• Collaborative story or poem: Using a whiteboard or iPad have the residents pick a theme and take turns adding sentences or lines to the story/poem.
  • True or False: Using paddles, have one side representing “True” and the other representing “False.” As you ask your questions, residents raise their paddles with their answers for everyone to see.
  • Crosswords/Trivia: Print copies of your clues/questions for residents to follow along. Giant crosswords can be mounted on boards to make them portable and easy to set up on a stand in the hallway.
  • Leisure Time: Prepare a variety of activities for residents based on what they feel like doing in that moment.

Additional Resources

  • Strategies for Building and Maintaining Social Connection for Long-Term Care Home Residents – This report (done earlier on in COVID-19) provides strategies identified from published research and illustrated with stakeholder input that can help build and maintain social connections in LTC residents. (ENCOAR Research Team)
  • Social Relationships are Important for the Mental Health of people living in long-term care homes – An Infographic (available in French and English) showing the connection between social connectedness and physical and mental health and well-being. (ENCOAR Research Team)
  • A Guide to Virtual Creative Engagement for Older Adults – this guide can help LTC address the under-stimulation and loneliness felt by residents from restrictions due to the COVID-19 pandemic. The VCE Guide features a curated list of free virtual services appropriate for residents with various health conditions and ability levels. The guide is intended for recreation therapists, social workers, nurses and other team members in LTC.  (Ontario CLRI at Baycrest)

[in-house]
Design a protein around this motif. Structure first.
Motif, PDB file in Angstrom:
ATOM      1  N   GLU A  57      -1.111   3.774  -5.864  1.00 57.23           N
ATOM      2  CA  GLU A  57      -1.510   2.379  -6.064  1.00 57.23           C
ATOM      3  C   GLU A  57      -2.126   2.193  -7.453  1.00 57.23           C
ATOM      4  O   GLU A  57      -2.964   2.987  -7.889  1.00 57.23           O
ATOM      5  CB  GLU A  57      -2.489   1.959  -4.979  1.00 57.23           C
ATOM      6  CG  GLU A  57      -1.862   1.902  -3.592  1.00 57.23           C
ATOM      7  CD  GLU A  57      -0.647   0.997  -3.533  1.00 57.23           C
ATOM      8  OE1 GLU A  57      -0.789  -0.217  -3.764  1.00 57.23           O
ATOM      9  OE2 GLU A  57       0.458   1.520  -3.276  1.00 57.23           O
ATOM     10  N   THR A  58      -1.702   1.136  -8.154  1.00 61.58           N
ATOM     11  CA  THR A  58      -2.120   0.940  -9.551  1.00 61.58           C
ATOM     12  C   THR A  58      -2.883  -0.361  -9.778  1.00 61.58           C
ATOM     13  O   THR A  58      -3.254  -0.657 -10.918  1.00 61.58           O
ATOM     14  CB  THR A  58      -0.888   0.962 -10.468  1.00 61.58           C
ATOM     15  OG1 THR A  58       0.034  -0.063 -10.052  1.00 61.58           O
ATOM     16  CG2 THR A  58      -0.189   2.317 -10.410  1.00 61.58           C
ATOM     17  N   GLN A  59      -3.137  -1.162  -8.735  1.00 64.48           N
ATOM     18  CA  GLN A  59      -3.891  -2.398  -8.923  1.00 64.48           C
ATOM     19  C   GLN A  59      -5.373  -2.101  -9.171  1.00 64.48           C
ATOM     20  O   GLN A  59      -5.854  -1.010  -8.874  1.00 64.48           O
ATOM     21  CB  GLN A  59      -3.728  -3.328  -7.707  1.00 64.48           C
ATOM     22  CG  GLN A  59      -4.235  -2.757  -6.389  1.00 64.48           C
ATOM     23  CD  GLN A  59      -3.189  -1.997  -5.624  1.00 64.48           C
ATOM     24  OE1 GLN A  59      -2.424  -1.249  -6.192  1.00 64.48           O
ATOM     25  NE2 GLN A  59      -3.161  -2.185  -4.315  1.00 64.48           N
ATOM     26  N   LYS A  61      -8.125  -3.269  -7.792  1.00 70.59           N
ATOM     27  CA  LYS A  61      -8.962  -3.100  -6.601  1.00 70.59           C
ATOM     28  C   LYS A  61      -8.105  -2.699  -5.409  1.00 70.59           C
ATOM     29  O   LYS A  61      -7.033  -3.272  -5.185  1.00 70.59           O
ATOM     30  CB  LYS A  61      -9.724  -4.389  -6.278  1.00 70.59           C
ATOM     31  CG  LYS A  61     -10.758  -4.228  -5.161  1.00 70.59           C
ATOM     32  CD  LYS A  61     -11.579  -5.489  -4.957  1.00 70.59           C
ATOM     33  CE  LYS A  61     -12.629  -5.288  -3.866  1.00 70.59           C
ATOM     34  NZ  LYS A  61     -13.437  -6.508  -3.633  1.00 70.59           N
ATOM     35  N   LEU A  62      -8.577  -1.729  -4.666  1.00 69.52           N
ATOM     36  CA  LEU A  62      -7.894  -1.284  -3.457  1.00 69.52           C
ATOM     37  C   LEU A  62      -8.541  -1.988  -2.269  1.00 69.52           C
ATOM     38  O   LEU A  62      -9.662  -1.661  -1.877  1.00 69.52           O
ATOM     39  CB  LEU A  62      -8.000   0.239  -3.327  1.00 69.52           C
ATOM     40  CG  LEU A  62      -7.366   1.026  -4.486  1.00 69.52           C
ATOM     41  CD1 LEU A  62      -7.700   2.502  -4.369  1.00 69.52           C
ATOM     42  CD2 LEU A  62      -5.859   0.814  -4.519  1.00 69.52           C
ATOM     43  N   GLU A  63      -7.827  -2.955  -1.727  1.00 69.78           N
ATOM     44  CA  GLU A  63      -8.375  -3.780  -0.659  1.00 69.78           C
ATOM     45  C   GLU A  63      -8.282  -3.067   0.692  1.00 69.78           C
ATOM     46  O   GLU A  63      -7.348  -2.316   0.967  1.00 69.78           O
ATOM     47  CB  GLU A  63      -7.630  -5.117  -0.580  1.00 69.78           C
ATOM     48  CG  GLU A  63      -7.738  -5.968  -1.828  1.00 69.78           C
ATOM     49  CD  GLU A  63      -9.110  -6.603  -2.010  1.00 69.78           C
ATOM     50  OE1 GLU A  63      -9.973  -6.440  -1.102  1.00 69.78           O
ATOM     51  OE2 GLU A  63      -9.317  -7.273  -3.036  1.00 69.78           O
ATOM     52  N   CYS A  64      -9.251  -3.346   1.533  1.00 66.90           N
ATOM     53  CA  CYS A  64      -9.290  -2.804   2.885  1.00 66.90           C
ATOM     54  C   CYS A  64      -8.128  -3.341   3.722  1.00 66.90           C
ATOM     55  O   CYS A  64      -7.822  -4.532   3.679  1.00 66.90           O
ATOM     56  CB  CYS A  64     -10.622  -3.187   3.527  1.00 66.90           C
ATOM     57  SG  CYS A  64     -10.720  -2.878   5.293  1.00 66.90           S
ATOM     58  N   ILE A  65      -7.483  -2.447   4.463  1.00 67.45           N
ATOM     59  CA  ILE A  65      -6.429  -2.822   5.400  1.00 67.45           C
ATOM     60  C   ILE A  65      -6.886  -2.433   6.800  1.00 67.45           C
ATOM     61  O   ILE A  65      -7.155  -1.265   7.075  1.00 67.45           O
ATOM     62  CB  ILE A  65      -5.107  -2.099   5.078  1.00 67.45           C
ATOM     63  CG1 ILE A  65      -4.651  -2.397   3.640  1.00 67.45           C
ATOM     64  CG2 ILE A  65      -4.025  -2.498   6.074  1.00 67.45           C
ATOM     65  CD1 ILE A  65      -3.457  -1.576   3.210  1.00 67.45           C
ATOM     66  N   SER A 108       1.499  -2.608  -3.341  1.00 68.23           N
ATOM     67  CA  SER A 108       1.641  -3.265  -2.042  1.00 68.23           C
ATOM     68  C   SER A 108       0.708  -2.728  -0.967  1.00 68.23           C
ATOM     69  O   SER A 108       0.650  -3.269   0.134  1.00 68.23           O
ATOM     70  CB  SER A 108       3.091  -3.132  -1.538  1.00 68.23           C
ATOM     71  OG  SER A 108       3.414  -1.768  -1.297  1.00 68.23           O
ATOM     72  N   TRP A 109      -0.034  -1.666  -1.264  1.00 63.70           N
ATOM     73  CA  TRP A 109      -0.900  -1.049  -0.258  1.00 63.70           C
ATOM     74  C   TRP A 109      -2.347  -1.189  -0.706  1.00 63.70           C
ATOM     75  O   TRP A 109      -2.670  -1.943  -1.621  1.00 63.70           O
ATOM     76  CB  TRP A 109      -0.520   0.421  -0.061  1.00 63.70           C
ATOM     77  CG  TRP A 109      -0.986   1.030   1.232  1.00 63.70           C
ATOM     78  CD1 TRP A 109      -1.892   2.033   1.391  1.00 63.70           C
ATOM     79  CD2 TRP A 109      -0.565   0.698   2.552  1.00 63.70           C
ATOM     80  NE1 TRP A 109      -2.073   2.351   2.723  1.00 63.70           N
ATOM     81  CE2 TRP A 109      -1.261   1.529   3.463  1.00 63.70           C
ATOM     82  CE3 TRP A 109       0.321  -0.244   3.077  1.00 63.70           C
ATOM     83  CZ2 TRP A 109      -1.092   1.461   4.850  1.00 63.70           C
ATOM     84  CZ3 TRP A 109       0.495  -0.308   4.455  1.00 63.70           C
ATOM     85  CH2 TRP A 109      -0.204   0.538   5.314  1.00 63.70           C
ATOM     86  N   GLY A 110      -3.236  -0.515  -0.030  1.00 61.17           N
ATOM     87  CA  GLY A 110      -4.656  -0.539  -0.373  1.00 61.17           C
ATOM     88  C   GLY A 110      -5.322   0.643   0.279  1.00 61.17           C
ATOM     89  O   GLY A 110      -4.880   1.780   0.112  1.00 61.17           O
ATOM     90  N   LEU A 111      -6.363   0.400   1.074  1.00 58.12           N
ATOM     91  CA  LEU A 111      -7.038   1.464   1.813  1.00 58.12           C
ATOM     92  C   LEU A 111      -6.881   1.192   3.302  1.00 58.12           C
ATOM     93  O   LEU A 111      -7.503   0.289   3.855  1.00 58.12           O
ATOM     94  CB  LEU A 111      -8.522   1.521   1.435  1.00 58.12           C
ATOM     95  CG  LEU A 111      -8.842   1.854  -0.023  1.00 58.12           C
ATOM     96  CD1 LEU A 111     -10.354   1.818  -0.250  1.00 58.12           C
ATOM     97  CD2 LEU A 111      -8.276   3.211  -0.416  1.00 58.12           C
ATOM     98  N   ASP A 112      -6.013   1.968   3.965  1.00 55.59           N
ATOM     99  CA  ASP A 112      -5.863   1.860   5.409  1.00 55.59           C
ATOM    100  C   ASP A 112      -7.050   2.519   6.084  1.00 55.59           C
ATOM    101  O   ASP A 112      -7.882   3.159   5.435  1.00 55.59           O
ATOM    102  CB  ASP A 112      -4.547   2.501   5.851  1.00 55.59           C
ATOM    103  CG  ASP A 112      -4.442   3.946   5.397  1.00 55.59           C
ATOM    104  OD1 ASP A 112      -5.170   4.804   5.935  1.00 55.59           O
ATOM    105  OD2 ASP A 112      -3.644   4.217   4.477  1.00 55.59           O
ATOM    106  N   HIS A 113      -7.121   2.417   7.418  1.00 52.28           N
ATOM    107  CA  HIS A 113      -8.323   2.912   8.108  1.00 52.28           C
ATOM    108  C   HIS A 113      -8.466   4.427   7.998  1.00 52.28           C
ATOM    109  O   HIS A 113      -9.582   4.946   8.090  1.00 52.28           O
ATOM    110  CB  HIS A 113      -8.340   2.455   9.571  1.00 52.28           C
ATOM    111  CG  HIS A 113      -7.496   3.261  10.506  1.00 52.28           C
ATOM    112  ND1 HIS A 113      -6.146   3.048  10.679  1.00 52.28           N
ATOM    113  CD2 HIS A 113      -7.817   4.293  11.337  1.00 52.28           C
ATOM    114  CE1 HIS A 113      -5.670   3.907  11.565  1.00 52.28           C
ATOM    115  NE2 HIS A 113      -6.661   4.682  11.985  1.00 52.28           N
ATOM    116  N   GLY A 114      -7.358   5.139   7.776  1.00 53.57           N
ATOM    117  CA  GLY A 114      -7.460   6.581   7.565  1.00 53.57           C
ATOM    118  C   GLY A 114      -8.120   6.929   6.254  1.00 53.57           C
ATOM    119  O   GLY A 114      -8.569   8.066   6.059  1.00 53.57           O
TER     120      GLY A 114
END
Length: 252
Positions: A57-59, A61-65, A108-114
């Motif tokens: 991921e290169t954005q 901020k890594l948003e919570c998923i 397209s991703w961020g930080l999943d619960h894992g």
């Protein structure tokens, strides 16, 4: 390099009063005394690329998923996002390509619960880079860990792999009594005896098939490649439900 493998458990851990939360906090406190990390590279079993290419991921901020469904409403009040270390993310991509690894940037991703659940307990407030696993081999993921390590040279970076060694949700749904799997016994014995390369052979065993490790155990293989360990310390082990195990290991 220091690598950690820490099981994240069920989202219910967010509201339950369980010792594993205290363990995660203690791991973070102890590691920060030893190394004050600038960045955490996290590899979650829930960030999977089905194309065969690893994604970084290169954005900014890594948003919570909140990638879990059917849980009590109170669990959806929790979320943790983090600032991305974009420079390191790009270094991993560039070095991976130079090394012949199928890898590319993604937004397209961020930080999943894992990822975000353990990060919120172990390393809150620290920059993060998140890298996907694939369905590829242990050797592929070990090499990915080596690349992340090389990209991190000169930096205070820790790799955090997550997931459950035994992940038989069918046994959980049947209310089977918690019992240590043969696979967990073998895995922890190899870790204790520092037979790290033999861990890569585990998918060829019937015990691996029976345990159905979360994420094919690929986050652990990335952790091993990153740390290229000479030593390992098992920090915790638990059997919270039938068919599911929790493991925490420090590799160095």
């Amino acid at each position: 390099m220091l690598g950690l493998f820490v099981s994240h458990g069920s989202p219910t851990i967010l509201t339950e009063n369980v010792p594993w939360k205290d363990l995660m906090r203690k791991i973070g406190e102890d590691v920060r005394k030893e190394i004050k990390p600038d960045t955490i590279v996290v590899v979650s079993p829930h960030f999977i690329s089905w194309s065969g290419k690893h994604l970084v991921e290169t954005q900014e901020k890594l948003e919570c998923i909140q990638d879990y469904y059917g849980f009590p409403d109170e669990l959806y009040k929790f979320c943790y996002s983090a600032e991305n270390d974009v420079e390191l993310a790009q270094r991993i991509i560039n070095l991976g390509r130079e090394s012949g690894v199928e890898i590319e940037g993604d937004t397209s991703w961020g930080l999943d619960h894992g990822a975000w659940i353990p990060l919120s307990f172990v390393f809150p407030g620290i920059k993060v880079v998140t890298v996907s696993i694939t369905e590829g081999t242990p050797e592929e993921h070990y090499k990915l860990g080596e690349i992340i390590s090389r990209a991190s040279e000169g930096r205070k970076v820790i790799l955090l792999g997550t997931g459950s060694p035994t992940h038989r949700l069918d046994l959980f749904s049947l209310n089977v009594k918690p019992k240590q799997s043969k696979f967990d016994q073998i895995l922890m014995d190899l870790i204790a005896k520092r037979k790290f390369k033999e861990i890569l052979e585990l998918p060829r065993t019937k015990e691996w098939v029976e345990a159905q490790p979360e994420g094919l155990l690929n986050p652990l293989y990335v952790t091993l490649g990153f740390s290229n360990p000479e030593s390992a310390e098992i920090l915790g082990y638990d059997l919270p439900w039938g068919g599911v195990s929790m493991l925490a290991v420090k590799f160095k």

• Boredom Busters – Developed in the early days of the COVID-19 pandemic to reduce boredom and loneliness for residents in LTC, this tool pulls together links to free resources and activities. The tool can be utilized by family care partners (and team members) who are spending time with residents and looking for creative ways to engage. Available in English and French. (Ontario CLRI at Bruyere and iGen Ottawa)

Thank you to the members of the SW and SSW in LTC Community of Practice for bringing up this important question, for the spirit of sharing ideas and willingness to have these ideas shared more broadly.

Bruyère logo

Now Hiring Multiple Positions for PREP LTC

A group of people site with laptops and paper at a table. "We're Hiring Regional Engagement Liaisons"

All hosts centres of the Ontario CLRI  are hiring key positions for the Preceptor Resource and Education Program in Long-Term Care  (PREP LTC). The Regional Engagement Liaison will be responsible for planning and implementing strategies to engage LTC homes, academic institutions, students and preceptors within an assigned provincial region. These positions will be part of an Ontario-wide team of Regional Engagement Liaisons.